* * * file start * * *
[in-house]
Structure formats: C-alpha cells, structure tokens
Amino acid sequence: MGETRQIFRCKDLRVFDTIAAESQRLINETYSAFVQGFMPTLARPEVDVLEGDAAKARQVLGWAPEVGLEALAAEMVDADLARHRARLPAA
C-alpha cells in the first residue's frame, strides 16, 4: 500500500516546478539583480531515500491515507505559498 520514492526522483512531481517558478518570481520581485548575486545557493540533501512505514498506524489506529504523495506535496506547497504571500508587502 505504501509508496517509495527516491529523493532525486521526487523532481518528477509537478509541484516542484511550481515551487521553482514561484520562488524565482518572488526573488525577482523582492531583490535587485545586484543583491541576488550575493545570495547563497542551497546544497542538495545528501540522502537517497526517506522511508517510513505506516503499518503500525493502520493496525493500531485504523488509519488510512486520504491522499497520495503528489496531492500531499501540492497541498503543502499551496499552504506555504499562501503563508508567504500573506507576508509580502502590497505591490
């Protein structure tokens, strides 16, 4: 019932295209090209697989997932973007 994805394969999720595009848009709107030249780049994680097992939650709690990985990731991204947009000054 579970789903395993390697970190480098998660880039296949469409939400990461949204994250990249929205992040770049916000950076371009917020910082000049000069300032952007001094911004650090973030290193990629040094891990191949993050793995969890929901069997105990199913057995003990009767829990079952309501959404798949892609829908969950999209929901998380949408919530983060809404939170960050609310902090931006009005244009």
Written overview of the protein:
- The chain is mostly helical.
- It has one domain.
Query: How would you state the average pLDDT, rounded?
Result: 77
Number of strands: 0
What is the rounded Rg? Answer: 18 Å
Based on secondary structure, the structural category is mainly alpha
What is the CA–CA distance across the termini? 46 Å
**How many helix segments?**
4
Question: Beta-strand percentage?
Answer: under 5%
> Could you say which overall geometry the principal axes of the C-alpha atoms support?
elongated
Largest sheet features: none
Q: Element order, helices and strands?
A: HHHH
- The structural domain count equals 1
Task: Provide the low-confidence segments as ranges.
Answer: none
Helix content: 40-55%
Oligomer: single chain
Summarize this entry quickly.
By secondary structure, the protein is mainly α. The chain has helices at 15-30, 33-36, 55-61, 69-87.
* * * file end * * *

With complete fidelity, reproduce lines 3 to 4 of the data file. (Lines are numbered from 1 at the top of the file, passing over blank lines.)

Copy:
Amino acid sequence: MGETRQIFRCKDLRVFDTIAAESQRLINETYSAFVQGFMPTLARPEVDVLEGDAAKARQVLGWAPEVGLEALAAEMVDADLARHRARLPAA
C-alpha cells in the first residue's frame, strides 16, 4: 500500500516546478539583480531515500491515507505559498 520514492526522483512531481517558478518570481520581485548575486545557493540533501512505514498506524489506529504523495506535496506547497504571500508587502 505504501509508496517509495527516491529523493532525486521526487523532481518528477509537478509541484516542484511550481515551487521553482514561484520562488524565482518572488526573488525577482523582492531583490535587485545586484543583491541576488550575493545570495547563497542551497546544497542538495545528501540522502537517497526517506522511508517510513505506516503499518503500525493502520493496525493500531485504523488509519488510512486520504491522499497520495503528489496531492500531499501540492497541498503543502499551496499552504506555504499562501503563508508567504500573506507576508509580502502590497505591490